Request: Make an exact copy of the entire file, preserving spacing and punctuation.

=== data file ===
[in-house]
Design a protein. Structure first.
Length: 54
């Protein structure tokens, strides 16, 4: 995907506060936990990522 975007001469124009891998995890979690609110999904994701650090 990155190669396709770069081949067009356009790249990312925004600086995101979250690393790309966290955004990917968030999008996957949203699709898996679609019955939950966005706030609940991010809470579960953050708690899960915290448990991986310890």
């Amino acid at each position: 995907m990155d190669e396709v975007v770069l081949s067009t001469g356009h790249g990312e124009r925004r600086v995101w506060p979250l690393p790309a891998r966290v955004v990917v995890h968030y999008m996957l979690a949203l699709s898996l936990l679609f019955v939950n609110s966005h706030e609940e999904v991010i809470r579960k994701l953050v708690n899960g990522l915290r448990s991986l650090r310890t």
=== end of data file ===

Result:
[in-house]
Design a protein. Structure first.
Length: 54
């Protein structure tokens, strides 16, 4: 995907506060936990990522 975007001469124009891998995890979690609110999904994701650090 990155190669396709770069081949067009356009790249990312925004600086995101979250690393790309966290955004990917968030999008996957949203699709898996679609019955939950966005706030609940991010809470579960953050708690899960915290448990991986310890």
């Amino acid at each position: 995907m990155d190669e396709v975007v770069l081949s067009t001469g356009h790249g990312e124009r925004r600086v995101w506060p979250l690393p790309a891998r966290v955004v990917v995890h968030y999008m996957l979690a949203l699709s898996l936990l679609f019955v939950n609110s966005h706030e609940e999904v991010i809470r579960k994701l953050v708690n899960g990522l915290r448990s991986l650090r310890t």